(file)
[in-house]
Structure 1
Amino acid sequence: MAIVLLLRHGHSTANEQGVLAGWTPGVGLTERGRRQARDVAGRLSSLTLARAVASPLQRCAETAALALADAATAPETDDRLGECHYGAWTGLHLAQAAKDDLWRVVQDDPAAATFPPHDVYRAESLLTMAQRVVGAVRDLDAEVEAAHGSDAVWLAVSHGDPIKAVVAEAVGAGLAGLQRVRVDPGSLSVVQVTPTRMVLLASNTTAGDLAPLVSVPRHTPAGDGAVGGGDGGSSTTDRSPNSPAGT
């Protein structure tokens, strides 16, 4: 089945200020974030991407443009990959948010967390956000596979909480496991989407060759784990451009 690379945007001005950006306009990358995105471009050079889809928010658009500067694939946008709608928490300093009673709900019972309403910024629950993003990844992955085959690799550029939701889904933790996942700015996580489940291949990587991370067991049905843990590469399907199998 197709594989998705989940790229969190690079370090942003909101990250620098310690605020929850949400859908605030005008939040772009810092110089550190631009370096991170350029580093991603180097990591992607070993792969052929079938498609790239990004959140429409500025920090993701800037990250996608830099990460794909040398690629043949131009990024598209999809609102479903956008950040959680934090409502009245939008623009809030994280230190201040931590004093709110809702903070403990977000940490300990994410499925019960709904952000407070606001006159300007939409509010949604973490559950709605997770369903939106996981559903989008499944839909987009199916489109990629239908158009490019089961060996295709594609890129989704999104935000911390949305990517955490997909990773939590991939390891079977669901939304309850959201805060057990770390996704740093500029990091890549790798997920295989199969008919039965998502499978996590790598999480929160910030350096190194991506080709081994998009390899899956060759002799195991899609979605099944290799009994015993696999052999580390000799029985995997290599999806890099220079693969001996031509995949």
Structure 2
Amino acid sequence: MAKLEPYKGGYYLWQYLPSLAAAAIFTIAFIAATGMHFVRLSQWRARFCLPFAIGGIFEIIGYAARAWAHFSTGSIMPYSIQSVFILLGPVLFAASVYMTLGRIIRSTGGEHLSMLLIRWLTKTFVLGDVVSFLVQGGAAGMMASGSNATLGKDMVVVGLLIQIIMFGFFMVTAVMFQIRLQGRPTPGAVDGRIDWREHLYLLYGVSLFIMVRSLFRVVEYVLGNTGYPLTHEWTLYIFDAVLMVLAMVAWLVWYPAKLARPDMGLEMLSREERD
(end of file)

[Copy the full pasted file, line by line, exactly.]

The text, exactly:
[in-house]
Structure 1
Amino acid sequence: MAIVLLLRHGHSTANEQGVLAGWTPGVGLTERGRRQARDVAGRLSSLTLARAVASPLQRCAETAALALADAATAPETDDRLGECHYGAWTGLHLAQAAKDDLWRVVQDDPAAATFPPHDVYRAESLLTMAQRVVGAVRDLDAEVEAAHGSDAVWLAVSHGDPIKAVVAEAVGAGLAGLQRVRVDPGSLSVVQVTPTRMVLLASNTTAGDLAPLVSVPRHTPAGDGAVGGGDGGSSTTDRSPNSPAGT
């Protein structure tokens, strides 16, 4: 089945200020974030991407443009990959948010967390956000596979909480496991989407060759784990451009 690379945007001005950006306009990358995105471009050079889809928010658009500067694939946008709608928490300093009673709900019972309403910024629950993003990844992955085959690799550029939701889904933790996942700015996580489940291949990587991370067991049905843990590469399907199998 197709594989998705989940790229969190690079370090942003909101990250620098310690605020929850949400859908605030005008939040772009810092110089550190631009370096991170350029580093991603180097990591992607070993792969052929079938498609790239990004959140429409500025920090993701800037990250996608830099990460794909040398690629043949131009990024598209999809609102479903956008950040959680934090409502009245939008623009809030994280230190201040931590004093709110809702903070403990977000940490300990994410499925019960709904952000407070606001006159300007939409509010949604973490559950709605997770369903939106996981559903989008499944839909987009199916489109990629239908158009490019089961060996295709594609890129989704999104935000911390949305990517955490997909990773939590991939390891079977669901939304309850959201805060057990770390996704740093500029990091890549790798997920295989199969008919039965998502499978996590790598999480929160910030350096190194991506080709081994998009390899899956060759002799195991899609979605099944290799009994015993696999052999580390000799029985995997290599999806890099220079693969001996031509995949």
Structure 2
Amino acid sequence: MAKLEPYKGGYYLWQYLPSLAAAAIFTIAFIAATGMHFVRLSQWRARFCLPFAIGGIFEIIGYAARAWAHFSTGSIMPYSIQSVFILLGPVLFAASVYMTLGRIIRSTGGEHLSMLLIRWLTKTFVLGDVVSFLVQGGAAGMMASGSNATLGKDMVVVGLLIQIIMFGFFMVTAVMFQIRLQGRPTPGAVDGRIDWREHLYLLYGVSLFIMVRSLFRVVEYVLGNTGYPLTHEWTLYIFDAVLMVLAMVAWLVWYPAKLARPDMGLEMLSREERD